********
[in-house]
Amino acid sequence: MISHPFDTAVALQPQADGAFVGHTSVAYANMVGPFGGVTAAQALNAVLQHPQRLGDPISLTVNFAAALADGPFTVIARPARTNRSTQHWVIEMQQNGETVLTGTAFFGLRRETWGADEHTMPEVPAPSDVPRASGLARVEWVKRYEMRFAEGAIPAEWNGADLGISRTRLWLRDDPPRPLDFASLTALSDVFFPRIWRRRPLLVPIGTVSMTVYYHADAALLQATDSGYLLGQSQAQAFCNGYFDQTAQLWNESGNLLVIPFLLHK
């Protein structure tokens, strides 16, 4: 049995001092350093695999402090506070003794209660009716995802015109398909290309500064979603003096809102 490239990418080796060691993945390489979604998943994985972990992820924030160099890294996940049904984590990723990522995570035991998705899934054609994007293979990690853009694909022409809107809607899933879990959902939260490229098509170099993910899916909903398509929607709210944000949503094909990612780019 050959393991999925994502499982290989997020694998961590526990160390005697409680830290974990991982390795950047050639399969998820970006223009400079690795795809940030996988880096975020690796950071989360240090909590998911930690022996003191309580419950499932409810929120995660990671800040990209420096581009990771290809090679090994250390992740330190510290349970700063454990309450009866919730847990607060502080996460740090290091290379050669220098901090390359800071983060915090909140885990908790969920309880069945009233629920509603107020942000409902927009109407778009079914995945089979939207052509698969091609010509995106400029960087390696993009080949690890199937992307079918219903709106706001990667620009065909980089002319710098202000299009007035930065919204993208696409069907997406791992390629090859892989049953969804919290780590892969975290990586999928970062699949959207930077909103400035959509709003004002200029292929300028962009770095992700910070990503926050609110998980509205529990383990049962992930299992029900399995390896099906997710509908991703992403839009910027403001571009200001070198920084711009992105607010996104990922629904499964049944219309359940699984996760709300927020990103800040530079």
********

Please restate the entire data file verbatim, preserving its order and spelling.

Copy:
[in-house]
Amino acid sequence: MISHPFDTAVALQPQADGAFVGHTSVAYANMVGPFGGVTAAQALNAVLQHPQRLGDPISLTVNFAAALADGPFTVIARPARTNRSTQHWVIEMQQNGETVLTGTAFFGLRRETWGADEHTMPEVPAPSDVPRASGLARVEWVKRYEMRFAEGAIPAEWNGADLGISRTRLWLRDDPPRPLDFASLTALSDVFFPRIWRRRPLLVPIGTVSMTVYYHADAALLQATDSGYLLGQSQAQAFCNGYFDQTAQLWNESGNLLVIPFLLHK
């Protein structure tokens, strides 16, 4: 049995001092350093695999402090506070003794209660009716995802015109398909290309500064979603003096809102 490239990418080796060691993945390489979604998943994985972990992820924030160099890294996940049904984590990723990522995570035991998705899934054609994007293979990690853009694909022409809107809607899933879990959902939260490229098509170099993910899916909903398509929607709210944000949503094909990612780019 050959393991999925994502499982290989997020694998961590526990160390005697409680830290974990991982390795950047050639399969998820970006223009400079690795795809940030996988880096975020690796950071989360240090909590998911930690022996003191309580419950499932409810929120995660990671800040990209420096581009990771290809090679090994250390992740330190510290349970700063454990309450009866919730847990607060502080996460740090290091290379050669220098901090390359800071983060915090909140885990908790969920309880069945009233629920509603107020942000409902927009109407778009079914995945089979939207052509698969091609010509995106400029960087390696993009080949690890199937992307079918219903709106706001990667620009065909980089002319710098202000299009007035930065919204993208696409069907997406791992390629090859892989049953969804919290780590892969975290990586999928970062699949959207930077909103400035959509709003004002200029292929300028962009770095992700910070990503926050609110998980509205529990383990049962992930299992029900399995390896099906997710509908991703992403839009910027403001571009200001070198920084711009992105607010996104990922629904499964049944219309359940699984996760709300927020990103800040530079």